The rapid, unceasing proliferation of digital cameras over the last decade, both as actual camcorders and installed in mobile phones, has helped democratise the moving image. Anyone can capture any image they want and share it with the world in moments. Whilst this has radically reshaped how we relate to the world and the events that shape it - try to think of the last time a major news story broke without being accompanied by some amateur, grainy handheld footage - it can also rob the images themselves of meaning. The sheer volume of videos on YouTube that depict every aspect of human life from the most banal to the most cataclysmic, as well as the recent craze for faux-documentary realism in genre films like Paranormal Activity, dulls the impact of real, authentic footage by making the look and style feel commonplace. It takes something really extraordinary to break through that layer of complacency, to really make an impact. Emad Burnat and Guy Davidi's 5 Broken Cameras is one such extraordinary thing.
Shot over several years on a number of cameras which, as the title suggests, were smashed or damaged along the way, the film started life in 2005 when Burnat's fourth son, Gibreel, was born. Burnat bought his first camera to record his son, as well as the lives of his family and friends in the West Bank village of Bil'in. At around the same time, Israelis began to bulldoze olive groves in order to make room for expansion of the West Bank barrier around a nearby settlement, cutting off the people of Bil'in from farm land that was vital to their survival. This sparked a long-running series of protests over the actions of the Israelis which Burnat was able to capture with great, often harrowing intimacy, putting them online or giving them to news agencies to raise awareness of what was happening. You could say that the the turn of events was immensely fortunate for the making of the film since the footage that was captured is often incredible, but that would ignore how tragically unfortunate the events themselves were for everyone involved.
The structure of the film is simple, but incredibly elegant and ingenious in a quiet, unassuming manner. It unfolds more or less chronologically, breaking evenly up into five episodes, each of which builds to the moment when its respective camera gets damaged. Perhaps unsurprisingly, this tends to be due to the actions of the Israeli army, whose attempts to suppress the protesters are depicted in ugly, suffocating detail. Burnat places himself in considerable danger on multiple occasions, risking injury and death in order to capture what is happening to his home, his friends and his family, and this lends the film a tremendously claustrophobic intensity. It feels like embedded reportage, which it basically is, but it lacks the crucial thin, ineffable air of protection that we like to imagine surrounds journalists, or which they at least like to project. Although there is a clarity and natural artistry to Burnat's camerawork, it never feels like a distant account by an observer. It feels like a howl of pain right from the heart.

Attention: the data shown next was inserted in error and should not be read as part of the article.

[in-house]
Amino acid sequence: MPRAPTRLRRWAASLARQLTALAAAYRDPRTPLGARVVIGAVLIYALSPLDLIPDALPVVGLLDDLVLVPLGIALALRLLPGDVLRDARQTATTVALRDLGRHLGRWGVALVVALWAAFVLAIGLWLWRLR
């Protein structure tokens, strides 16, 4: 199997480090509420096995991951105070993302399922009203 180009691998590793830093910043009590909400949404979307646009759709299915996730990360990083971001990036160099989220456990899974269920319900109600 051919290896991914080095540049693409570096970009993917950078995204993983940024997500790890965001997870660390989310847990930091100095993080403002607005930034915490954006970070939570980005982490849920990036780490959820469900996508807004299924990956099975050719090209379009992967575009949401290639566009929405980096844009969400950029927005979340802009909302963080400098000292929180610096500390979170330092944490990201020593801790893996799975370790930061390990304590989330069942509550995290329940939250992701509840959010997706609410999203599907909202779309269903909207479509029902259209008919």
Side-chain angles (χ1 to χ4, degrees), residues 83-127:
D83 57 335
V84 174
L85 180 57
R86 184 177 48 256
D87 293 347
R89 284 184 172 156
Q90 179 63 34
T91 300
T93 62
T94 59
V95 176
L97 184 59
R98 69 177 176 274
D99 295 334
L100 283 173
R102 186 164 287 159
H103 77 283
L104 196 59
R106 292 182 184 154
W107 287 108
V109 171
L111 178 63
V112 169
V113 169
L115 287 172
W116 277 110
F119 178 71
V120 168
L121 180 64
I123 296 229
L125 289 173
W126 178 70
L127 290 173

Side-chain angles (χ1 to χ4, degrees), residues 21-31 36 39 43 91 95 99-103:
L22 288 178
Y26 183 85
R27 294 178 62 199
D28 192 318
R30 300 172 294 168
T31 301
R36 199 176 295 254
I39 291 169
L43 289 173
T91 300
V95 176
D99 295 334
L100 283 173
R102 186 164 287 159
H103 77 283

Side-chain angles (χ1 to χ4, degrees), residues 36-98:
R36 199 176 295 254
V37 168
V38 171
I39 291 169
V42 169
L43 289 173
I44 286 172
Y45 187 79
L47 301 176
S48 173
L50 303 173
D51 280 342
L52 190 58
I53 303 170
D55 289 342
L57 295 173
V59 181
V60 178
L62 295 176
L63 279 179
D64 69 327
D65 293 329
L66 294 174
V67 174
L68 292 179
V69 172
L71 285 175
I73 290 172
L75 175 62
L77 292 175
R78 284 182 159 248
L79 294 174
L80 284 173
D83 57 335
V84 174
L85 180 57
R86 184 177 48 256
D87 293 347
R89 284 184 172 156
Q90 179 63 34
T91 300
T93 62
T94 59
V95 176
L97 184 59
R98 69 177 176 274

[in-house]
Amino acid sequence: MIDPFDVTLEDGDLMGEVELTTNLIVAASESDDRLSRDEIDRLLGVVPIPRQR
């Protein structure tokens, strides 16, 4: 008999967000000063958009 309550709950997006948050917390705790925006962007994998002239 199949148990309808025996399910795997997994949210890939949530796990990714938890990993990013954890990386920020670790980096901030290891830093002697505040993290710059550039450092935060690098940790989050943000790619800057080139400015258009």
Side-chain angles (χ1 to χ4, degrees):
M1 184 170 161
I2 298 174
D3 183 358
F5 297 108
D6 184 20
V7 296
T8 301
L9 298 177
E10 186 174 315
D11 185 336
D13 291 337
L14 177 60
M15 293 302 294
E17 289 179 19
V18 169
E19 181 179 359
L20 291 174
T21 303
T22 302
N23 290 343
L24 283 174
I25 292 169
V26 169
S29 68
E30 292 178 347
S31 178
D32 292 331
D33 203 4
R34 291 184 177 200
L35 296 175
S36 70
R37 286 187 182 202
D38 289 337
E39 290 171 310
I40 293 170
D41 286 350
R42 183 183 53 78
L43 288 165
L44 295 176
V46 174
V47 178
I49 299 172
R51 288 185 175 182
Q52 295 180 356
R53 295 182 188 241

Although the scenes of the protests are the most visceral and unnerving parts of the film, which is hardly surprising since they feature blood, tears and death, it's the quieter moments that mark the film as a special, deeply empathetic and humanistic work. Since the film has its origins in home movies, it chronicles the day to day existence of life in the West Bank away from the protests. In doing so, 5 Broken Cameras ends up showing a side of the Palestinian-Israeli conflict that is, quite honestly shamefully under-represented in the West. While the events surrounding Bil'in are undoubtedly extreme, the people themselves are just trying to live their lives, even as bullets fly around them.
There's a great moment in which the camera captures Burnat and his friends building a concrete shack to place in the way of the construction, a tactic that works very briefly. While they get to work, the men joke and laugh, finding humour even as they prepare for yet another confrontation with the authorities. It's a brief scene but a vital one, since it says so much about the humanity of the people involved by contrasting their smiling faces against the sheer weight of the forces arrayed against them. It makes them more, and their situation immeasurably less, human.
In addition to its depiction of the broader struggle, the film also focuses on the life of Gibreel as he grows from a baby to a young man who, in a perfect world, would enjoy a happy, untroubled childhood. Sadly, ours is a deeply imperfect world, and Gibreel grows up knowing more violence than anyone should have to experience in a whole lifetime. Burnat's voiceover conveys a great deal of frustration at the actions of the Israelis and the years spent waiting for a court order to move the wall to be put into effect, but also sadness at the world in which his son has to grow up. Both he and the audience can see Gibreel's dislike of the wall increase with each passing year, and it's painful to think about how many young people on both sides will grow up to propagate such animosity and hatred. Yet Gibreel is still just a boy, filled with potential, and his father seems to hold out hope that he will live to see a better world than the one he grew up in.
5 Broken Cameras is a remarkable film that captures the resilience of life in ways which are by turns lyrical, brutal, poetic and heartbreaking. It's an incredibly vital account of lives lived and lost in an extreme, horrible situation which also manages to find light amongst the rubble. It's also proof that works of great power and grace can come from something as simple as the desire to capture a baby's smiling face.